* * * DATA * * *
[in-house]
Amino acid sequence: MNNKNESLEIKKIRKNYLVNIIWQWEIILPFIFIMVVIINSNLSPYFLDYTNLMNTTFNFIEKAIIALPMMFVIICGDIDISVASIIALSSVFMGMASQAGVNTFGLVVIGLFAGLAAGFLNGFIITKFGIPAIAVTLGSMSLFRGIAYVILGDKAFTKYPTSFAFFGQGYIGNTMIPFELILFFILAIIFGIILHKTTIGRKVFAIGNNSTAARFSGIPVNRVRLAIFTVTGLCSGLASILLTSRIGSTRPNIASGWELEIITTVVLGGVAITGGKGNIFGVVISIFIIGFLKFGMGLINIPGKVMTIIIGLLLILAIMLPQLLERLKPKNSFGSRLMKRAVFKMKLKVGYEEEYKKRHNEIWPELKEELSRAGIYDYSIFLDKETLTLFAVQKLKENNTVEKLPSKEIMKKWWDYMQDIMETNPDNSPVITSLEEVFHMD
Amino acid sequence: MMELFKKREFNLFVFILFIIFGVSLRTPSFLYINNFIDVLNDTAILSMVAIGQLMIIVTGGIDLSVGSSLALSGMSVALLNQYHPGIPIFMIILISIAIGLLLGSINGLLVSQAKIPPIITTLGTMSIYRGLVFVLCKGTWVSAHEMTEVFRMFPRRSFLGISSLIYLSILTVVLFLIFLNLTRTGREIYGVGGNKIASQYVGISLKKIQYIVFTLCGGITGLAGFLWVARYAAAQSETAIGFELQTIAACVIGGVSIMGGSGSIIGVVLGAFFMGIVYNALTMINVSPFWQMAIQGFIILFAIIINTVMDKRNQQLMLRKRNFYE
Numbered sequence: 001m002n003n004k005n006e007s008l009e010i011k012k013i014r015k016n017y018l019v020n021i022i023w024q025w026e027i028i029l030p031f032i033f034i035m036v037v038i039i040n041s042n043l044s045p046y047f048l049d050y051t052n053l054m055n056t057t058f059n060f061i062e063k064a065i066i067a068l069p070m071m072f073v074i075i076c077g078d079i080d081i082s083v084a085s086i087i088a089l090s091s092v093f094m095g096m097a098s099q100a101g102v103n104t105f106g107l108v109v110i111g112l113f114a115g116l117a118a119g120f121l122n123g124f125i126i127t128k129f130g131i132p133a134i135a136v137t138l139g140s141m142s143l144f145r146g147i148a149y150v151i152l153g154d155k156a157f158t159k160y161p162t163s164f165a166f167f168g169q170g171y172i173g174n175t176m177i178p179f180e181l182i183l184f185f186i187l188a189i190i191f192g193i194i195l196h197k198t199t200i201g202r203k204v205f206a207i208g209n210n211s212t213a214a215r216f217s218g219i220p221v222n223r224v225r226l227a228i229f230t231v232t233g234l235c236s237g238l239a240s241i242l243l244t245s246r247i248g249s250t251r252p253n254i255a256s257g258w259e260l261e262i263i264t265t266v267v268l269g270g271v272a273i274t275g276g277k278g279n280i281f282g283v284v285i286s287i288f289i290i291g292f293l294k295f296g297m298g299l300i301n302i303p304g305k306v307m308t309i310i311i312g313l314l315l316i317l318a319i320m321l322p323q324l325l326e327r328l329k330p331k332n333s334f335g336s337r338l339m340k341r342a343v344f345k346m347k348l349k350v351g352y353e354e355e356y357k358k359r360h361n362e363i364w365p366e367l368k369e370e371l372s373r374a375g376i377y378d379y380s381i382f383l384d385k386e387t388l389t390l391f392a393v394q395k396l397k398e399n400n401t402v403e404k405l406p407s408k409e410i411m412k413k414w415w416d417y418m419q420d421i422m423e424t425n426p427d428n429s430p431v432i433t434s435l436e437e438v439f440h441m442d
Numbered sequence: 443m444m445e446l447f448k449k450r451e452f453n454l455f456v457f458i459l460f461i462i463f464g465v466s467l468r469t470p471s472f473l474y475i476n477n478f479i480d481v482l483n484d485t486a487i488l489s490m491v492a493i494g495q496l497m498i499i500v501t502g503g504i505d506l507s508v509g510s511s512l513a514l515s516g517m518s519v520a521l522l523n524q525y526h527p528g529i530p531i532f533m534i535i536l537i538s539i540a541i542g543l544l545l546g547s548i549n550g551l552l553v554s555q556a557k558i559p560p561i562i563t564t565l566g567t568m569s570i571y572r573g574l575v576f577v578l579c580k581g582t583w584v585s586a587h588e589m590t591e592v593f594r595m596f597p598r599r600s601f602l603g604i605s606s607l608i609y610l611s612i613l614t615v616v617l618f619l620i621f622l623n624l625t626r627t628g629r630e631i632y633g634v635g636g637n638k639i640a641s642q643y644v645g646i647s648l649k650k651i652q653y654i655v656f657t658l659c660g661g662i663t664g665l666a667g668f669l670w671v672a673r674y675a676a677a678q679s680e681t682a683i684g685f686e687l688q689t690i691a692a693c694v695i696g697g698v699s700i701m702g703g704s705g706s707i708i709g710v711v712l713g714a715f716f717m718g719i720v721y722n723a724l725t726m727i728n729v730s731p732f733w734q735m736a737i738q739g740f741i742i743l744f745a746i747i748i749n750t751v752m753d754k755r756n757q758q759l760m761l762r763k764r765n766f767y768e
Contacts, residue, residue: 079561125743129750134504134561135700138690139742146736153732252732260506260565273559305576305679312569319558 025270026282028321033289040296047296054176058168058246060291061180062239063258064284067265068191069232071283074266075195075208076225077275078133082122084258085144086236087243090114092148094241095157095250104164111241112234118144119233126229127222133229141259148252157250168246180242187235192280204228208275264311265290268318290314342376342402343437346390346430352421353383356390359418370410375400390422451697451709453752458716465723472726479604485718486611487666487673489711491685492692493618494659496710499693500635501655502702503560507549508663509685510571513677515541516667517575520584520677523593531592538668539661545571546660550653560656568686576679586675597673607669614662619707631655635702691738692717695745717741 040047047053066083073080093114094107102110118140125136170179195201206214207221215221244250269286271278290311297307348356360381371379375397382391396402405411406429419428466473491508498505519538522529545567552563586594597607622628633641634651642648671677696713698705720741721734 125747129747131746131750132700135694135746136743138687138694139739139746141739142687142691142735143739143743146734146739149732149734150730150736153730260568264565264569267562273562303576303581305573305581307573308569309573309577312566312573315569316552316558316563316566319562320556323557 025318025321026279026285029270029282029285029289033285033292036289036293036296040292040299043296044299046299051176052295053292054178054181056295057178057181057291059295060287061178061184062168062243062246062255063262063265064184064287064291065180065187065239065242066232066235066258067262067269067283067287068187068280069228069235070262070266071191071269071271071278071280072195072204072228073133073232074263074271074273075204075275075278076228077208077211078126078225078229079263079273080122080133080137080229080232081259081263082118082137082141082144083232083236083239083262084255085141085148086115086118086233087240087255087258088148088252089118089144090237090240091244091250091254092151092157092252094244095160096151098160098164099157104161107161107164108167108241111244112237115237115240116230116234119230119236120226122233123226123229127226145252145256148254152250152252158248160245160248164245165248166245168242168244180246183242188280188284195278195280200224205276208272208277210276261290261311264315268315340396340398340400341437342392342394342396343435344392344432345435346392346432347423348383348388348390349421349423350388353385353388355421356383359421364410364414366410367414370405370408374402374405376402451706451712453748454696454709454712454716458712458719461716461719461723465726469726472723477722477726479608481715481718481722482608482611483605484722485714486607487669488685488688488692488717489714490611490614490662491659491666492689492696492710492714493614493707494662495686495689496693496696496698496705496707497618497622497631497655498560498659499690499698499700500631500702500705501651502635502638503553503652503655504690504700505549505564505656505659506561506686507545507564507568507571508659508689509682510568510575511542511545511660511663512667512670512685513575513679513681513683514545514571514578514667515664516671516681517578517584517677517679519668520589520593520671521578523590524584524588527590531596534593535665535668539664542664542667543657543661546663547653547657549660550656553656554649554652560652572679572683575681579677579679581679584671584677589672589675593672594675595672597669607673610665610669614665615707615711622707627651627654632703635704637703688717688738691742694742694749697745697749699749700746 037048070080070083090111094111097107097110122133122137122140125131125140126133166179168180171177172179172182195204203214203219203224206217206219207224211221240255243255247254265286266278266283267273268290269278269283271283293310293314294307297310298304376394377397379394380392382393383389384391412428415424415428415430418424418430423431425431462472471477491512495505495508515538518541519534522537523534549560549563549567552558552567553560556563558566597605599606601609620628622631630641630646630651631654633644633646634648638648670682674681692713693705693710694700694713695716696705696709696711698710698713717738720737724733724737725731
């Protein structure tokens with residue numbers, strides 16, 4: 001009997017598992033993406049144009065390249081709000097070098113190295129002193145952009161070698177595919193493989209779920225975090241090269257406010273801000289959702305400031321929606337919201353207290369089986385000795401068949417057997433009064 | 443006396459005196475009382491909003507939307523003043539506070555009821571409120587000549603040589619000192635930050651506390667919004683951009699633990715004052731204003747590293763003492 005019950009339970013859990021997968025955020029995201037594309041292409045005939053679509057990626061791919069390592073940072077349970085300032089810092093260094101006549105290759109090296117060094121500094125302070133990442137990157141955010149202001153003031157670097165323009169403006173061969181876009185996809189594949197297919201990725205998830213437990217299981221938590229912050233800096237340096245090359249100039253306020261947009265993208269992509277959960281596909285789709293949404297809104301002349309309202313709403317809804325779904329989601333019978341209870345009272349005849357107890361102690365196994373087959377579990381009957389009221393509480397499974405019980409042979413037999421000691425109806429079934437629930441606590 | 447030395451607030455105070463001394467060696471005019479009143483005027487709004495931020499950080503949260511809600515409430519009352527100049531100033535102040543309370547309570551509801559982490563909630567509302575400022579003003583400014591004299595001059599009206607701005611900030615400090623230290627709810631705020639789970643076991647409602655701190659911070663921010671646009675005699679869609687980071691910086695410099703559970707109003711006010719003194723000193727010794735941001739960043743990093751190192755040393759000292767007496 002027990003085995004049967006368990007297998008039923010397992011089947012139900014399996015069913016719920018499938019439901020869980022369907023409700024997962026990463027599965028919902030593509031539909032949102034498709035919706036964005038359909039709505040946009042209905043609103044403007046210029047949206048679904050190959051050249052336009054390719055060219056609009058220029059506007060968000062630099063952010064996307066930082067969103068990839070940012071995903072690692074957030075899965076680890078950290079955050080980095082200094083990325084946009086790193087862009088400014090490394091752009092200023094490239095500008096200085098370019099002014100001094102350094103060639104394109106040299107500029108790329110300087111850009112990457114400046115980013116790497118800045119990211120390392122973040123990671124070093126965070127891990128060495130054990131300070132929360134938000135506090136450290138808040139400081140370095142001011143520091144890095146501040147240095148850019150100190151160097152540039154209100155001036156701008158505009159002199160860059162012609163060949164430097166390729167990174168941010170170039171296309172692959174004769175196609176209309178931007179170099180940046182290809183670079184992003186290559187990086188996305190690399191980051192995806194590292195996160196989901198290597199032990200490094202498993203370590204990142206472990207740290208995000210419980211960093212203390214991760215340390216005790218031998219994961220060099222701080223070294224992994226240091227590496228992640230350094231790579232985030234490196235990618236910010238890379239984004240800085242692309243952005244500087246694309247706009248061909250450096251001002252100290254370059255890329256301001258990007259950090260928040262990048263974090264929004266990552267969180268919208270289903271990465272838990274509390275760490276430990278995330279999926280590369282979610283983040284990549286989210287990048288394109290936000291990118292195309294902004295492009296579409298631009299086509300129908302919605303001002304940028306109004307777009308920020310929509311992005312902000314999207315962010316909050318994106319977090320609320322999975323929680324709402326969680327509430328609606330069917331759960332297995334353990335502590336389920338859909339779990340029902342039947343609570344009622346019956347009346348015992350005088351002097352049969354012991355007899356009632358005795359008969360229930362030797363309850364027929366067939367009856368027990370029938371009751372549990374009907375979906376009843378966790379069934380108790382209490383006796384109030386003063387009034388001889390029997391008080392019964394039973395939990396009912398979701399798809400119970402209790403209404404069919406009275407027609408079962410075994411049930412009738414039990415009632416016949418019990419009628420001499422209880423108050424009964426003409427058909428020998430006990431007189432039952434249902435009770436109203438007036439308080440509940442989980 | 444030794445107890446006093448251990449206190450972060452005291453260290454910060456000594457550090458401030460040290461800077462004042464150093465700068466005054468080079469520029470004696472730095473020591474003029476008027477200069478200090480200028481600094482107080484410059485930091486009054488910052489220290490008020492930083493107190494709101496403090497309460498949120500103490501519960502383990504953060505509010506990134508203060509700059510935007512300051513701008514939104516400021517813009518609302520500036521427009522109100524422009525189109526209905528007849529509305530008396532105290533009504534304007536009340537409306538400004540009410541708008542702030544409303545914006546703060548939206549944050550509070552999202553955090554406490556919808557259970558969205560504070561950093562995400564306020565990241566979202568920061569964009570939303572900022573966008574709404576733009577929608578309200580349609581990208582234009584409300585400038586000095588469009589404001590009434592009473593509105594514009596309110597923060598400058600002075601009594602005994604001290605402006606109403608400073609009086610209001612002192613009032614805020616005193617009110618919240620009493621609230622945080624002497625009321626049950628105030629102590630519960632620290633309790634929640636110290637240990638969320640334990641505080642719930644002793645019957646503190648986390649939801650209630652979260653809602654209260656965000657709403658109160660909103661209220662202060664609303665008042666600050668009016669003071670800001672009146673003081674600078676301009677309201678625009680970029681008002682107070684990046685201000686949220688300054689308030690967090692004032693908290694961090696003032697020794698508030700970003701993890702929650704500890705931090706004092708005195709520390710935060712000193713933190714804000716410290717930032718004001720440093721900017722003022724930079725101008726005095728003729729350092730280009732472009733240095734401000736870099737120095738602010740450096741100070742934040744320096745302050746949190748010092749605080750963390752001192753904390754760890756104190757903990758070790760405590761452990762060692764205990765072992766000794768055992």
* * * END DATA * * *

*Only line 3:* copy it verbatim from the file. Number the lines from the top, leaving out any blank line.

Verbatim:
Amino acid sequence: MMELFKKREFNLFVFILFIIFGVSLRTPSFLYINNFIDVLNDTAILSMVAIGQLMIIVTGGIDLSVGSSLALSGMSVALLNQYHPGIPIFMIILISIAIGLLLGSINGLLVSQAKIPPIITTLGTMSIYRGLVFVLCKGTWVSAHEMTEVFRMFPRRSFLGISSLIYLSILTVVLFLIFLNLTRTGREIYGVGGNKIASQYVGISLKKIQYIVFTLCGGITGLAGFLWVARYAAAQSETAIGFELQTIAACVIGGVSIMGGSGSIIGVVLGAFFMGIVYNALTMINVSPFWQMAIQGFIILFAIIINTVMDKRNQQLMLRKRNFYE